Stonefield Murder Youngest Member In Interactive Music Video
Stonefield have just released an interactive version of the music video for their latest single ‘Bad Reality’, a departure from the the lighter subject matter of the past as the girls from rural Victoria work overtime to smash any assumptions you may have made about them.
These are some chicks that seriously don’t take shit, and are here and ready to rock your socks off.
Taking inspiration from provocative films such as Todd Solondz’s Palindromes, the Findlay sisters play one central character in a perpetually looping storyline, thrusting them into a bad reality that results in the gruesome death of youngest sibling Holly and leaves their hero helpless and unable to escape.
“We were feeling a lot of pressure to get this new single and we had written a whole heap of demos for the EP without having a specific song for a single ready,” front woman Amy Findlay revealed about the track.
“We recorded the EP in two blocks and after we recorded the first half no-one felt like we had the single yet. We just getting frustrated and then I got the melody in my head.”
“I just went to Hannah and she picked up her acoustic guitar, it was one of those songs that the more simple and straightforward we made it, the more powerful it was. We were pretty happy and relieved when it all came together.”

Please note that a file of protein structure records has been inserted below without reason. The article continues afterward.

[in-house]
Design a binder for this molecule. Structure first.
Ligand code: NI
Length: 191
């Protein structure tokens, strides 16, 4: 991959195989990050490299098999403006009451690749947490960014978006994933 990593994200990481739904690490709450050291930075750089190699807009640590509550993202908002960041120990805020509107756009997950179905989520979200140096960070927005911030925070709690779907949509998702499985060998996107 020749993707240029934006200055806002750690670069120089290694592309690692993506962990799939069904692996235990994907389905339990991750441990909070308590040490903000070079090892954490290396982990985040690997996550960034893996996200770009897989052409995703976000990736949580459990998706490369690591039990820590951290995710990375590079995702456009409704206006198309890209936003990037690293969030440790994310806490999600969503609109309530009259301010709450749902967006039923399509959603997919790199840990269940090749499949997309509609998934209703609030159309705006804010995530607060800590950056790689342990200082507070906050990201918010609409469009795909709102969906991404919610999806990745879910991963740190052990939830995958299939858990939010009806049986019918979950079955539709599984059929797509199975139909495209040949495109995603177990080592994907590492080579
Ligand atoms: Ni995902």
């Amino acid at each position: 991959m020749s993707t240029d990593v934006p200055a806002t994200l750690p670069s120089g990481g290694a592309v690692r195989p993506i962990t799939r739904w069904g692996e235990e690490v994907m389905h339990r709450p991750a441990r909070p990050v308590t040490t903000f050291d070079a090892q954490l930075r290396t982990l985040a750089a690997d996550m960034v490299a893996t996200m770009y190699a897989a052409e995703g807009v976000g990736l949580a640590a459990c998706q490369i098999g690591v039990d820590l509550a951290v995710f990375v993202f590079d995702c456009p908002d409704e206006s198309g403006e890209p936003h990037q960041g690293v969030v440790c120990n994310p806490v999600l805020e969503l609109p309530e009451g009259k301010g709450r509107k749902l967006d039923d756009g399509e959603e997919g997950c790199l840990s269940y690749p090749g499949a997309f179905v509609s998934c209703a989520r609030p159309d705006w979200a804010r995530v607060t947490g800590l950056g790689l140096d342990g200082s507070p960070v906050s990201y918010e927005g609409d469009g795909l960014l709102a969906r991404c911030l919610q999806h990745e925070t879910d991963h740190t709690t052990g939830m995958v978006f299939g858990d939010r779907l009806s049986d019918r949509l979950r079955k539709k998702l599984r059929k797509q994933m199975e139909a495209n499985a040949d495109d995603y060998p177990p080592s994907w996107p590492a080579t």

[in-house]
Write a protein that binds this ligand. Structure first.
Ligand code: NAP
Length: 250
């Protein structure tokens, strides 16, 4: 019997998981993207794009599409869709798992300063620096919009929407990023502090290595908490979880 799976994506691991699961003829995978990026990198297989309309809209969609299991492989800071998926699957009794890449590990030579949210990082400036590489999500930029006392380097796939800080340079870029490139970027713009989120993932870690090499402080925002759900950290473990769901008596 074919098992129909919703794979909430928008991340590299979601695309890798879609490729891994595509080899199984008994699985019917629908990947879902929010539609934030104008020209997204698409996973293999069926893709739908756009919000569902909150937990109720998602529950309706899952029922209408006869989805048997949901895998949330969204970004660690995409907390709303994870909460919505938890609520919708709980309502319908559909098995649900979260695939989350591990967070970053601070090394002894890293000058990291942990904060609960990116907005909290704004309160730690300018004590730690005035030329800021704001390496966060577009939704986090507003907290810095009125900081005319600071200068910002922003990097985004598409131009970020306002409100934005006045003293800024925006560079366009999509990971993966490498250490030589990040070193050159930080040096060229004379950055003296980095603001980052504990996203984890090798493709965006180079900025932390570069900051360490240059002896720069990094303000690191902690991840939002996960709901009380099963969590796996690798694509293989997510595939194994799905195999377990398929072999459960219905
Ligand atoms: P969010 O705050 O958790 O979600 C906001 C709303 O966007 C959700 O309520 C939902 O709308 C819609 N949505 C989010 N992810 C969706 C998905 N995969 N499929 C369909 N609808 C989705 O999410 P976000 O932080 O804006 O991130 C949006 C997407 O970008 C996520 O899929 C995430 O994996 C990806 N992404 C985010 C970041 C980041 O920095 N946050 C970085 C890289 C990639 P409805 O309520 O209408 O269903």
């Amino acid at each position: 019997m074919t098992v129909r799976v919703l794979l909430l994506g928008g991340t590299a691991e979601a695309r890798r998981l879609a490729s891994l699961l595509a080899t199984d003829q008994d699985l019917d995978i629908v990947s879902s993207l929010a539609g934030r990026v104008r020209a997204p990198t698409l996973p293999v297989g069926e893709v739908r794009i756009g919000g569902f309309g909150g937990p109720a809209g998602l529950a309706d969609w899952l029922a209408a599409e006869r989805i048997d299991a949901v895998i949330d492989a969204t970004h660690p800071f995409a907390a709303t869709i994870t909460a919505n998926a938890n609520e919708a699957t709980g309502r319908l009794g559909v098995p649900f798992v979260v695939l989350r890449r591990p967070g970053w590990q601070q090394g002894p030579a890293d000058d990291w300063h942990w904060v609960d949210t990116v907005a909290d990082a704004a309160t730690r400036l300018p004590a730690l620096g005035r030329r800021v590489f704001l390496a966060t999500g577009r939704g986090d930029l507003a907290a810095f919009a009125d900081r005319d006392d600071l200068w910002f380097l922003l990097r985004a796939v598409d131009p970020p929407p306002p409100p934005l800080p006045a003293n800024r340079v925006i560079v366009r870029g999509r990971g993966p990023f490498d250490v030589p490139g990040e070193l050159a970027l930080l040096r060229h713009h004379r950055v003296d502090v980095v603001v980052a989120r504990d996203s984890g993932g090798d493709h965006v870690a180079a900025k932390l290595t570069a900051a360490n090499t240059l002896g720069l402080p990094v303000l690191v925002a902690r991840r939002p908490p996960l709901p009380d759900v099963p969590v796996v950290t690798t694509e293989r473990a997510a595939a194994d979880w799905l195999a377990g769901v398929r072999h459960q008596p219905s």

Unlike a traditional video clip the engaging puzzle unravels with three subsequent online releases ‐ each episode expanding the experience and drawing the viewer further in to the hard‐edged storyline.
Shot over two action‐packed nights, and using a body‐rig camera mounted on the girls, it encapsulates the intensity and frenetic nature of the music. “The clip is like a conversation we’re having with the viewers. Bit by bit they get more dialogue; more story. Plus, they can play around with the clip itself,” says the director of the video David Barker.
Visit Stonefield’s official website now to have a play with the interactive video. Otherwise you can watch the traditional music video below.
After being told by her guitar teacher at 15 that girls "don’t play electric guitar," Jett became one of the most successful women in rock n’ roll, despite continual pressure from The Runaways manager Kim Fowley to sexualise their image. “He wanted us to be young fuckable jailbait,” Jett said of Fowley. “Assholes still come up to us and think we get laid all the time. I just look at them and either I get angry or I think it's really funny”. After being rejected by twenty three record companies, Jett decided to create Blackheart records, one of the first women to do so, and is still going strong. Now who’s laughing? Watch this slideshow »